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Please use this identifier to cite or link to this item: http://hdl.handle.net/1942/24958

Title: How does the interaction of presumed timing, location and extent of the underlying brain lesion relate to upper limb function in children with unilateral cerebral palsy?
Authors: Mailleux, Lisa
Klingels, Katrijn
Fiori, Simona
Simon-Martinez, Cristina
Demaerel, Philippe
Locus, Marlies
Fosseprez, Eva
Boyd, Roslyn N.
Guzzetta, Andrea
Ortibus, Els
Feys, Hilde
Issue Date: 2017
Abstract: Background: Upper limb (UL) function in children with unilateral cerebral palsy (CP) vary largely depending on presumed timing, location and extent of brain lesions. These factors might exhibit a complex interaction and the combined prognostic value warrants further investigation. This study aimed to map lesion location and extent and assessed whether these differ according to presumed lesion timing and to determine the impact of structural brain damage on UL function within different lesion timing groups. Materials and methods: Seventy-three children with unilateral CP (mean age 10 years 2 months) were classified according to lesion timing: malformations (N = 2), periventricular white matter (PWM, N = 42) and cortical and deep grey matter (CDGM, N = 29) lesions. Neuroanatomical damage was scored using a semi-quantitative MRI scale. UL function was assessed at body function and activity level. Results: CDGM lesions were more pronounced compared to PWM lesions (p = 0.0003). Neuroanatomical scores were correlated with a higher degree to UL function in the CDGM group (r(s) = -0.39 to r(s) = -0.84) compared to the PWM group (r(rb) = -0.42 to r(s) = -0.61). Regression analysis found lesion location and extent to explain 75% and 65% (p < 0.02) respectively, of the variance in AHA performance in the CDGM group, but only 24% and 12% (p < 0.03) in the PWM group. Conclusions: In the CDGM group, lesion location and extent seems to impact more on UL function compared to the PWM group. In children with PWM lesions, other factors like corticospinal tract (re)organization and structural connectivity may play an additional role. (C) 2017 European Paediatric Neurology Society. Published by Elsevier Ltd. All rights reserved.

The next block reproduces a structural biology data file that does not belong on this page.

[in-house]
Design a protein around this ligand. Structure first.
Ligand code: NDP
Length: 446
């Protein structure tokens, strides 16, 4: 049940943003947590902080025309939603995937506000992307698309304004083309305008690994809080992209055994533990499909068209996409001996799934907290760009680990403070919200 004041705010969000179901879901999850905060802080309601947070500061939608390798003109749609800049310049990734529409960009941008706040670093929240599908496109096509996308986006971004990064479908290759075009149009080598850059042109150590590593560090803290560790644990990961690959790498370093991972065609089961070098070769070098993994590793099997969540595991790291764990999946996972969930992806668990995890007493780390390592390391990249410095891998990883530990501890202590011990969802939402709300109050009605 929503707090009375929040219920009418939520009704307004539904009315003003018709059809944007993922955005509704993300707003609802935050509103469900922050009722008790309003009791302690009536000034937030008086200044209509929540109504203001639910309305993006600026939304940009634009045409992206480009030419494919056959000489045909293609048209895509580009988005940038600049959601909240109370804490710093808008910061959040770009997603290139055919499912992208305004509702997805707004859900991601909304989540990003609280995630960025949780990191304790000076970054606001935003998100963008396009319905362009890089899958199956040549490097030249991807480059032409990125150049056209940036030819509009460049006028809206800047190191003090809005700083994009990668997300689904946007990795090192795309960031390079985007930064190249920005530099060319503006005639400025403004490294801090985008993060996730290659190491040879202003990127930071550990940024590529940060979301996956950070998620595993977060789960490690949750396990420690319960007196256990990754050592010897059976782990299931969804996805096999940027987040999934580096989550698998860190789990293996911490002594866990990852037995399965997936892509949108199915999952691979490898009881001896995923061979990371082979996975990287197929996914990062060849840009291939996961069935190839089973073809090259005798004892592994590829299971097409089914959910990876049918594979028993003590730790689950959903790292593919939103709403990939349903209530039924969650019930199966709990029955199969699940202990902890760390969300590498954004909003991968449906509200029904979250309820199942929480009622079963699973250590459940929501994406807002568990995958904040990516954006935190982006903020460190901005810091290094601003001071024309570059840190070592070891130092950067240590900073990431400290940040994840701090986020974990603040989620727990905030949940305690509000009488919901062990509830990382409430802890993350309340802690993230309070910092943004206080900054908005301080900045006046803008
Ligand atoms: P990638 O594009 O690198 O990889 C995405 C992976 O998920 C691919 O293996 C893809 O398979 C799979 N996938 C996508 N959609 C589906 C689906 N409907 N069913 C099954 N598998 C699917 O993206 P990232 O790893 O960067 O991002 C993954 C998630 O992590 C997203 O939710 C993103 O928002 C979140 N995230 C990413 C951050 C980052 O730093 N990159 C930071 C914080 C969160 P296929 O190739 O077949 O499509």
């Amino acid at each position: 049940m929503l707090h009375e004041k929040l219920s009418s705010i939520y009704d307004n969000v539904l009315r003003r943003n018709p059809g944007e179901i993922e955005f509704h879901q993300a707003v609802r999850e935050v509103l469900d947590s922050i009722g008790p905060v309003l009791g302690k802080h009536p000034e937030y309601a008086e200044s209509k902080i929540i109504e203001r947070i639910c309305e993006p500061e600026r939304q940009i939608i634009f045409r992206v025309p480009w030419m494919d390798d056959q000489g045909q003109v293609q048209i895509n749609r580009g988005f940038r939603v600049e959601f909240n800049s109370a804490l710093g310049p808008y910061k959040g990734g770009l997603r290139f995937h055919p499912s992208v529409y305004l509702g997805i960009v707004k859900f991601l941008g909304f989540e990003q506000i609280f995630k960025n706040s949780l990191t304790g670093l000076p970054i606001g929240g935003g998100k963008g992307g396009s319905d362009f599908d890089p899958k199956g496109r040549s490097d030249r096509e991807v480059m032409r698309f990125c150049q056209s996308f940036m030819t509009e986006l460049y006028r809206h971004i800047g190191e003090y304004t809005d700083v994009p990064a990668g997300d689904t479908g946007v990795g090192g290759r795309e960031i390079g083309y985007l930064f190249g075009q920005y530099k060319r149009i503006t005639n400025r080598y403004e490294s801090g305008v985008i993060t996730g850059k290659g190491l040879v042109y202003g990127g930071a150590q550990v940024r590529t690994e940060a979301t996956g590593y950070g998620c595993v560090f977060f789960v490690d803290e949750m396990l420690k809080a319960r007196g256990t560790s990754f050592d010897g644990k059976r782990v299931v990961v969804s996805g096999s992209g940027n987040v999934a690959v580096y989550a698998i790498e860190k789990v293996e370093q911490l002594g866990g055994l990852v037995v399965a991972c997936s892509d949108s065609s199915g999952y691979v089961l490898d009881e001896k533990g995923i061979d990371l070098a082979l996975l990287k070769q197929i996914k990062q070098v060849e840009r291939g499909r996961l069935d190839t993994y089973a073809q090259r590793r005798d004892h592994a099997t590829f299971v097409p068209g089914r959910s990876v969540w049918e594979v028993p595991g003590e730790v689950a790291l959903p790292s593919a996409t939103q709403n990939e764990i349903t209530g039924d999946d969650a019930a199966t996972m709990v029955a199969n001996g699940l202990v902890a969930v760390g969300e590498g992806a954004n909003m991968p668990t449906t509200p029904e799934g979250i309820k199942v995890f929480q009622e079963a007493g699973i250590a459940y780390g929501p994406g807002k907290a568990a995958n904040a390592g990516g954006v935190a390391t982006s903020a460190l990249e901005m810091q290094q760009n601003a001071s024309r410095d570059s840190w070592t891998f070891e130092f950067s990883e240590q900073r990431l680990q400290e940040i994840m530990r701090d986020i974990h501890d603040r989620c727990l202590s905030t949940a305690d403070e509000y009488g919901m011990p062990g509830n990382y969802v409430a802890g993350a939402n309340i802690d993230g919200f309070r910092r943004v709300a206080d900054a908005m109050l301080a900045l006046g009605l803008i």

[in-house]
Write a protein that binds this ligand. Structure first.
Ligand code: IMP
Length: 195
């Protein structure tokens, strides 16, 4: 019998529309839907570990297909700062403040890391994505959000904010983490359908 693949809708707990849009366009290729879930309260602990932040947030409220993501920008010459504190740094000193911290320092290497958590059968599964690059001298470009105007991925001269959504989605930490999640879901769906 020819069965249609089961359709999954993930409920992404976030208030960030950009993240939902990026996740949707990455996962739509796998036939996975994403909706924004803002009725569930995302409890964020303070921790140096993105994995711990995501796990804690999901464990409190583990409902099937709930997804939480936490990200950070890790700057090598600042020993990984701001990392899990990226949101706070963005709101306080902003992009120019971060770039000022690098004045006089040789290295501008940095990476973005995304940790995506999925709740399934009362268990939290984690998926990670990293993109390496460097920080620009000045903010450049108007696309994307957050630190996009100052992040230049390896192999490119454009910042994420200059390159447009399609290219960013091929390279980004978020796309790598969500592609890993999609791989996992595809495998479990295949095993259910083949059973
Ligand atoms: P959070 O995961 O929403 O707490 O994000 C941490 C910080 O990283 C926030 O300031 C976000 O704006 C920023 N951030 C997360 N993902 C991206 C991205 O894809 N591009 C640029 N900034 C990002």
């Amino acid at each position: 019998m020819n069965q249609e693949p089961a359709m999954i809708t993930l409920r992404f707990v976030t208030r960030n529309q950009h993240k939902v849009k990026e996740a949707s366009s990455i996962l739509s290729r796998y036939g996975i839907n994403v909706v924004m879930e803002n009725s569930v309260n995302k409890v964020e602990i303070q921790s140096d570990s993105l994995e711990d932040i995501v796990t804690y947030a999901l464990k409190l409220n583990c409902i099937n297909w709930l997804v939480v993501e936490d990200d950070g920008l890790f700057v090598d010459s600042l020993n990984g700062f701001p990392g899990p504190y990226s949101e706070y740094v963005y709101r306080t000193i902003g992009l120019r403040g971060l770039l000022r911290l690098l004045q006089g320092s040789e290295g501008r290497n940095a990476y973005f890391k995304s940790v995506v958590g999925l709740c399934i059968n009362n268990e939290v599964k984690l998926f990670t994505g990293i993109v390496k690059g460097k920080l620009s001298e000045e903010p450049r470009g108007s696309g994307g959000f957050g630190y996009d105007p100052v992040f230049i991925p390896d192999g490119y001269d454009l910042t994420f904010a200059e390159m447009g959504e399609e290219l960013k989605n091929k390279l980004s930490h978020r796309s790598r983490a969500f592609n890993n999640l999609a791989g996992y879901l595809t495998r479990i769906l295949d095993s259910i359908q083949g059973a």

Notes: [Mailleux, Lisa; Klingels, Katrijn; Simon-Martinez, Cristina; Locus, Marlies; Fosseprez, Eva; Feys, Hilde] KU Leuven Univ Leuven, Dept Rehabil Sci, Leuven, Belgium. [Klingels, Katrijn] UHasselt Hasselt Univ, BIOMED, Rehabil Res Ctr REVAL, Diepenbeek, Belgium. [Fiori, Simona; Guzzetta, Andrea] IRCCS Stella Maris Fdn, Pisa, Italy. [Demaerel, Philippe] KU Leuven Univ Leuven, Dept Imaging & Pathol, Leuven, Belgium. [Boyd, Roslyn N.] Univ Queensland, Queensland Cerebral Palsy & Rehabil Res Ctr, Fac Med & Sci, Brisbane, Qld, Australia. [Guzzetta, Andrea] Univ Pisa, Dept Clin & Expt Med, Pisa, Italy. [Ortibus, Els] KU Leuven Univ Leuven, Dept Dev & Regenerat, Leuven, Belgium.
URI: http://hdl.handle.net/1942/24958
DOI: 10.1016/j.ejpn.2017.05.006
ISI #: 000408784100015
ISSN: 1090-3798
Category: A1
Type: Journal Contribution
Appears in Collections: Research publications

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